How do people learn? New CIPD research provides the answers


The latest research report from the Chartered Institute of Personnel and Development (CIPD) How do People Learn? goes back to basics to explore what we know about how people learn. It provides insights into what organisations can do to make the most of their training and development budgets.

The research, which will be launched the at the CIPD's annual Scottish Conference on 14 March, to an audience of people management specialists, shows that the rise of e-learning and the heightened emphasis on knowledge means that organisations need to understand better how people actually learn at work.

Martyn Sloman, our adviser on training and development said: "Organisations are willing to invest in new technologies in the hope that training delivery costs will go down and learning in the workplace will be enhanced. But to achieve real success we would urge training professionals to develop new learning processes and in particular ones intended to kindle interest in self-directed learning.

"We also need to move away form the emphasis on training and place more on building learning into our everyday working lives. And the focus should be on the learner not the trainer."

The report argues that organisations need to develop a new "blended" approach to learning and in particular need to:

  • Introduce richer mixes of learning processes - conventional instruction-based, self-directed, experience based and group learning
  • Balance face-to-face and electronic learning
  • Encourage new forms of informal and collaborative working through special interest groups and teams

Says Sloman: "Today, human capital is the key organisational asset for competitive advantage - and human capital is based on employees' knowledge and ability to learn. Time is now the scarce resource in the organisation."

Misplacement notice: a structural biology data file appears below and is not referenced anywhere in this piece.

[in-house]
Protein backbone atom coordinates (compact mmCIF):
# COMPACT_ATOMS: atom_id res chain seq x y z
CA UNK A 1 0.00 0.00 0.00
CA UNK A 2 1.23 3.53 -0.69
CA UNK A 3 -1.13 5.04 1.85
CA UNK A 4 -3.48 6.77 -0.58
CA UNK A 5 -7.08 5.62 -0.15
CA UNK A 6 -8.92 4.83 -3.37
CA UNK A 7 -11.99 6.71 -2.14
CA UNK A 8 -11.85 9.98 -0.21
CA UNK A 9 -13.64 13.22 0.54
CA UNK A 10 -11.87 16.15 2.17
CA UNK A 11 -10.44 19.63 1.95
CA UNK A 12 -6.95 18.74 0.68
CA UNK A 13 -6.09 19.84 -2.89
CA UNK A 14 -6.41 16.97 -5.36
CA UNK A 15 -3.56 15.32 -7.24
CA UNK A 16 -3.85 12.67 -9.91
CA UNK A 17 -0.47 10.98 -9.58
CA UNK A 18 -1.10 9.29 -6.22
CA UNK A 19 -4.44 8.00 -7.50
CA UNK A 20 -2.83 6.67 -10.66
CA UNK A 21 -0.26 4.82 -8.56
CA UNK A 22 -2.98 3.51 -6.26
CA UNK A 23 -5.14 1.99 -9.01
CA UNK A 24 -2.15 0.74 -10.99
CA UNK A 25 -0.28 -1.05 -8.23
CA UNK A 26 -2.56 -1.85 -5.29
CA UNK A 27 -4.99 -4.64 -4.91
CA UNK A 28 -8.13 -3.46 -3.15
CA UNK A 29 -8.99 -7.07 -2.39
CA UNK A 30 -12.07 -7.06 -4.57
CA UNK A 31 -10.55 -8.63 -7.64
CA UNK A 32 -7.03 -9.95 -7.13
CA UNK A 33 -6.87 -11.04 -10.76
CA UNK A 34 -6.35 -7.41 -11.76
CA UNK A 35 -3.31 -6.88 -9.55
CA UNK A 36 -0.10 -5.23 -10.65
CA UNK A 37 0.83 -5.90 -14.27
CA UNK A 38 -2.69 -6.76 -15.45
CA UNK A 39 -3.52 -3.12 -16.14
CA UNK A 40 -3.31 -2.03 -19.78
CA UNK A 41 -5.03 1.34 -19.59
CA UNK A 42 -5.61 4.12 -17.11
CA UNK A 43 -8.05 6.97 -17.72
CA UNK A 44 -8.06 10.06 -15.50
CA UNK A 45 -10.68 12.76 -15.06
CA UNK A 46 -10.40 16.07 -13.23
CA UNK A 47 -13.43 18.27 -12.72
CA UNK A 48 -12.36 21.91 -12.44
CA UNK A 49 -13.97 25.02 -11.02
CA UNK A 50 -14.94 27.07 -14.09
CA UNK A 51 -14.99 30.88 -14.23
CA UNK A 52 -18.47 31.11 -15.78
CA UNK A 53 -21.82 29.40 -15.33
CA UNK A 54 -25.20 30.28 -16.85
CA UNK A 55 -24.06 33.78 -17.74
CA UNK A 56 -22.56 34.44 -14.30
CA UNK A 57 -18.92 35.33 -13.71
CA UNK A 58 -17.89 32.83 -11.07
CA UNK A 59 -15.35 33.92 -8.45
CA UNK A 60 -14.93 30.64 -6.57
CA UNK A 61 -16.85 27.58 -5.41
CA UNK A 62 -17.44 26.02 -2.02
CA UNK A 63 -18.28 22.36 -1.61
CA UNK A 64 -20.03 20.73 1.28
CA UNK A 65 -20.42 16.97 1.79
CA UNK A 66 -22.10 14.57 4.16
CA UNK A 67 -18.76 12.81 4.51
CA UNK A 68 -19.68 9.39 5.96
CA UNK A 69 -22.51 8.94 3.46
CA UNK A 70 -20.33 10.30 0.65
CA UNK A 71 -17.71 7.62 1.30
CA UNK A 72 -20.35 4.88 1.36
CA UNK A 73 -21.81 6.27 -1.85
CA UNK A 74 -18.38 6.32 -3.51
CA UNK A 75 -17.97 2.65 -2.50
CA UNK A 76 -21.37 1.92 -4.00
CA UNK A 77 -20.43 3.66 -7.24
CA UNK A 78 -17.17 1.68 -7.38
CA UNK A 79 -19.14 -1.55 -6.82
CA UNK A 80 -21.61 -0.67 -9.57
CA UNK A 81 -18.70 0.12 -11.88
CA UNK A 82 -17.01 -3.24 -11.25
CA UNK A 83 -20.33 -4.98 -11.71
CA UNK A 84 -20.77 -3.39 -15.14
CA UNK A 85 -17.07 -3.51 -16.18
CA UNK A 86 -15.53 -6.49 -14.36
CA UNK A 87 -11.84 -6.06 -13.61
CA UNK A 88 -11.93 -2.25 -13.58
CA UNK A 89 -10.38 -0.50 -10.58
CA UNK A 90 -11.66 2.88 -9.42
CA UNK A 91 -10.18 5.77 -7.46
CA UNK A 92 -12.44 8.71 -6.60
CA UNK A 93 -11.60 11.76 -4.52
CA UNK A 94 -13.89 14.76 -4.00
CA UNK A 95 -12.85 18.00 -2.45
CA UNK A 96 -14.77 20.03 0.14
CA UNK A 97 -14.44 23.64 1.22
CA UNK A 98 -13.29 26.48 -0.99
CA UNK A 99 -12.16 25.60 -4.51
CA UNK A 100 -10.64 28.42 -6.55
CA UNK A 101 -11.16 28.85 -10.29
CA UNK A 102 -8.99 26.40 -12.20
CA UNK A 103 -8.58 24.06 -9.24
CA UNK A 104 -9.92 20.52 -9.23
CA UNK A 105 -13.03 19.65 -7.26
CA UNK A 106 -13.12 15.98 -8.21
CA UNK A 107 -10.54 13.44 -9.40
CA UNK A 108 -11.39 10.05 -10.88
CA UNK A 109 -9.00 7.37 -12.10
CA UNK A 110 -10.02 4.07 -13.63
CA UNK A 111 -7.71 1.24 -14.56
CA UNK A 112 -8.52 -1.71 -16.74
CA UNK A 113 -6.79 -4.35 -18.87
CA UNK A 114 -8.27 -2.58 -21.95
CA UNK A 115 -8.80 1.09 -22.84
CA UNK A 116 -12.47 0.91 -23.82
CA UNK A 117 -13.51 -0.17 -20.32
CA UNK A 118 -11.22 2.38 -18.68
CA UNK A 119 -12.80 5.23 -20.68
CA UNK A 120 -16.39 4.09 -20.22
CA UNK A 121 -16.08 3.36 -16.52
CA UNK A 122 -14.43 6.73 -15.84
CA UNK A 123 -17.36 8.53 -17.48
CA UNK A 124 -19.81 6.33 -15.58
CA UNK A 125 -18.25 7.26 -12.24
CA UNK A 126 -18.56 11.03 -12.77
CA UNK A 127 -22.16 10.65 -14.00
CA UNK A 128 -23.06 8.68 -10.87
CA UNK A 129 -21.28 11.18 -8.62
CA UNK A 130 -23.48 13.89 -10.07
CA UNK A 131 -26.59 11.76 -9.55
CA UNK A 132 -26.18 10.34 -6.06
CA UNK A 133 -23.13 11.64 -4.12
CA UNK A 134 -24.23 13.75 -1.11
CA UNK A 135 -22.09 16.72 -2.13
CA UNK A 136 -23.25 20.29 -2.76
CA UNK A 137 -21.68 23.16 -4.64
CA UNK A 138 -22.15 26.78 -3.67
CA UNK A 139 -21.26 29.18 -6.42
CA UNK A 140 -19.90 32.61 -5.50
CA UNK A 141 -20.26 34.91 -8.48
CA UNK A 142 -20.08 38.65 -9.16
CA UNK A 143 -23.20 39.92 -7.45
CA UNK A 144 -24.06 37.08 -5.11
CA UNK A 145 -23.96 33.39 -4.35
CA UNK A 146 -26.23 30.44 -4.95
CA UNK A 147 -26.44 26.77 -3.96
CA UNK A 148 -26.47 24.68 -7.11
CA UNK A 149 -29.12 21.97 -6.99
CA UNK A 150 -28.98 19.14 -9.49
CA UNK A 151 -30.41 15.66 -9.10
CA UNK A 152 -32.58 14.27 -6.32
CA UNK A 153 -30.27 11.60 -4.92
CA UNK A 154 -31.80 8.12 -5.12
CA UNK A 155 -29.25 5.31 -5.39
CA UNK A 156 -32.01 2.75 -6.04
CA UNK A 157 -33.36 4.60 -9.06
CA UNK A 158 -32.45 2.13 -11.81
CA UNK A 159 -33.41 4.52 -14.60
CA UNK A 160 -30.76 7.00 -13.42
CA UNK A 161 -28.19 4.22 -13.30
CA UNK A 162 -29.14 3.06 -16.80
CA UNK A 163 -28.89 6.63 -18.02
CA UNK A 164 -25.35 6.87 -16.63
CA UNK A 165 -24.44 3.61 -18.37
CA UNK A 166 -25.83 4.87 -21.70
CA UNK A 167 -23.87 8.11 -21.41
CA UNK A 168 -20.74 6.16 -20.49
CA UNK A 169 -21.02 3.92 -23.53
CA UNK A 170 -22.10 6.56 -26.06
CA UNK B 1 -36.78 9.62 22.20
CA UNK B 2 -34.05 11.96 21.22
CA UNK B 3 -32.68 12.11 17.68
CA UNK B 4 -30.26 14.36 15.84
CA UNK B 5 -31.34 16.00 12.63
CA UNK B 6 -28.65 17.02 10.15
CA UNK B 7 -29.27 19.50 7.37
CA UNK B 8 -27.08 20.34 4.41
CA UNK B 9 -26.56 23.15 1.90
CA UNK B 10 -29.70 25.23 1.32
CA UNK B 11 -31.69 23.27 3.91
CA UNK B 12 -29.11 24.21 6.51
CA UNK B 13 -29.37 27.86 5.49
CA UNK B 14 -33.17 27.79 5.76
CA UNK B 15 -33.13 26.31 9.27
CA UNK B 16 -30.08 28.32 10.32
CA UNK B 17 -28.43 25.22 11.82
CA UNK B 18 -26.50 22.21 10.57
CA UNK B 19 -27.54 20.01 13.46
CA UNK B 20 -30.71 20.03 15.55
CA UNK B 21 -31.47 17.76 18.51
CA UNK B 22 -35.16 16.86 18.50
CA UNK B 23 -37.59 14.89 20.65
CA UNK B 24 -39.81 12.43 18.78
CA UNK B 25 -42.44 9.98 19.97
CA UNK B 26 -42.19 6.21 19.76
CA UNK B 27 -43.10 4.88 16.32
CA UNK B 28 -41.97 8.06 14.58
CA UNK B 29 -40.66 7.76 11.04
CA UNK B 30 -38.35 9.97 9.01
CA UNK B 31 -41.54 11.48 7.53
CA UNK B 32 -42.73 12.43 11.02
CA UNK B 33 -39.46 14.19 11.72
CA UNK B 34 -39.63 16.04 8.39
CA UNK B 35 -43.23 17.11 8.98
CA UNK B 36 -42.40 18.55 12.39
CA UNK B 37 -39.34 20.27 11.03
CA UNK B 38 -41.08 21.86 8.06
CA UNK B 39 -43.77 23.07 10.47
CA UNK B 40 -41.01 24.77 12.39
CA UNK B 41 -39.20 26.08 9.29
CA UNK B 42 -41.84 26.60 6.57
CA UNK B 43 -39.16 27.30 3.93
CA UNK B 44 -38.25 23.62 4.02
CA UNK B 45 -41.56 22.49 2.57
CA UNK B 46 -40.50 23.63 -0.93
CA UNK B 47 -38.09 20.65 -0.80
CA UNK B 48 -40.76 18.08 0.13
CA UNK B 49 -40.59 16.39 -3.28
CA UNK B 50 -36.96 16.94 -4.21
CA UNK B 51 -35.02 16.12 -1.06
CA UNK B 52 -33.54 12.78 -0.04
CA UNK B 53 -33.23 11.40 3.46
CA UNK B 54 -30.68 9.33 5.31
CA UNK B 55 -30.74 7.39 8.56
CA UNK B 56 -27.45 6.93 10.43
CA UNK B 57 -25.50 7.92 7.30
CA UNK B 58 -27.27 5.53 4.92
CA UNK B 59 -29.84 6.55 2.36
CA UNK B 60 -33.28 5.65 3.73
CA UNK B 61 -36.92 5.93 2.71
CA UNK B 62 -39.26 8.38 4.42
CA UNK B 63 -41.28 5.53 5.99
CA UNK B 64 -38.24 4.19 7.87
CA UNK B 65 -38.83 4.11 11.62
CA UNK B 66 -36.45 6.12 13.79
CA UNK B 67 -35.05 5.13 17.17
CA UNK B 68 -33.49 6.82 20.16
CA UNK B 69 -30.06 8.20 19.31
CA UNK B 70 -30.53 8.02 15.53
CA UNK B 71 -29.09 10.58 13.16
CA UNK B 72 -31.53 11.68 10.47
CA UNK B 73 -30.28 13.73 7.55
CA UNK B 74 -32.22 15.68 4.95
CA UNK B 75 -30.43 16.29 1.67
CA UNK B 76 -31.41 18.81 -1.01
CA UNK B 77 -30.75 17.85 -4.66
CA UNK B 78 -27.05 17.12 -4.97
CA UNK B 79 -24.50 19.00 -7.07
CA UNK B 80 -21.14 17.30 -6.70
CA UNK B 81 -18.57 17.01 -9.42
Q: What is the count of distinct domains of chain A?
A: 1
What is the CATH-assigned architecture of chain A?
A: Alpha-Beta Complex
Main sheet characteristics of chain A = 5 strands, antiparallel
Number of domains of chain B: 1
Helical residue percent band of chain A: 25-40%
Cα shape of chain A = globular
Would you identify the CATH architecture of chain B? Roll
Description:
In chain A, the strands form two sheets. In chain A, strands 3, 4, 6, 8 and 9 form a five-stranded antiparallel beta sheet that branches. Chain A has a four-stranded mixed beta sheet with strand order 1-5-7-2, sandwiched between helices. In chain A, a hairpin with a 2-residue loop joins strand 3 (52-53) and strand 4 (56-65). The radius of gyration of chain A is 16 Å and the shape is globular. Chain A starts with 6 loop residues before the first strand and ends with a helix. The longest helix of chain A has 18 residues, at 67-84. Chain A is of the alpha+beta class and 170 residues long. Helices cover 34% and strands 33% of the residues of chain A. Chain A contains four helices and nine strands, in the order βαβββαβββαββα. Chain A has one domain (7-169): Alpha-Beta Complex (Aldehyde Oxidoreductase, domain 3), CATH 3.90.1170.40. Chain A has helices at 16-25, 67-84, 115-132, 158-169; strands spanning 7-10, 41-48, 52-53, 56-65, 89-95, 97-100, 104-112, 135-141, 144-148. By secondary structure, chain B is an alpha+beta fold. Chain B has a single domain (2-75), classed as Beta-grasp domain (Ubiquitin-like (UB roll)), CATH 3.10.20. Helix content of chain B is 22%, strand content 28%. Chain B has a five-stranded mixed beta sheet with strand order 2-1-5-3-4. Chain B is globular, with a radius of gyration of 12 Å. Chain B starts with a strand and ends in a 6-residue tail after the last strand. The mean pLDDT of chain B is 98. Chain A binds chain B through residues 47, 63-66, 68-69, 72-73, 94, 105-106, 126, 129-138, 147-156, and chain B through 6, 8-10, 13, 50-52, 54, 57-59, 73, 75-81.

"Add to this the speed at which organisations need to make decisions and respond to change, and it is clear that employees need constant access to learning opportunities delivered quickly, efficiently and in line with their own learning preferences and styles."

The research undertaken by the Cambridge Programme for Industry also argues that theories of learning cannot be used in a prescriptive way. Instead, they can help organisations to develop unique approaches that take into account the distinctive context and environment in which they operate.

Says Sloman: " New ways of working, a more diverse workforce, and new technologies - especially e-learning - have made practitioners question established ways of training employees.

"CIPD training surveys show that more traditional, classroom-based learning events still predominate in most organisations. Clearly, we are in a time of flux for training and development practitioners - between the familiarity of traditional instruction-based systems and the enormous potential of e-learning".

The conclusion is that there is no single approach which can offer an effective solution to the "delivery" of learning in today's competitive environment. The message to companies is to experiment and mix traditional methods with newer online solutions. The results of such experiments must be rigorously monitored and success reinforced."

Chartered Institute of Personnel and Development (CIPD) has over 110,000 members and is the leading professional institute for those involved in the management and development of people.

Martyn Sloman is available for interview. Please contact Judith Cowan on 020 8263 3232.

How Do People Learn? can be ordered direct from Plymbridge Distributors Ltd on 01752 202301, from business bookshops or through the CIPD website on

If you are a member of the press and wish to view other CIPD information, please contact Mark Buckley: 020 8263 3240 or [email protected] for a username and password.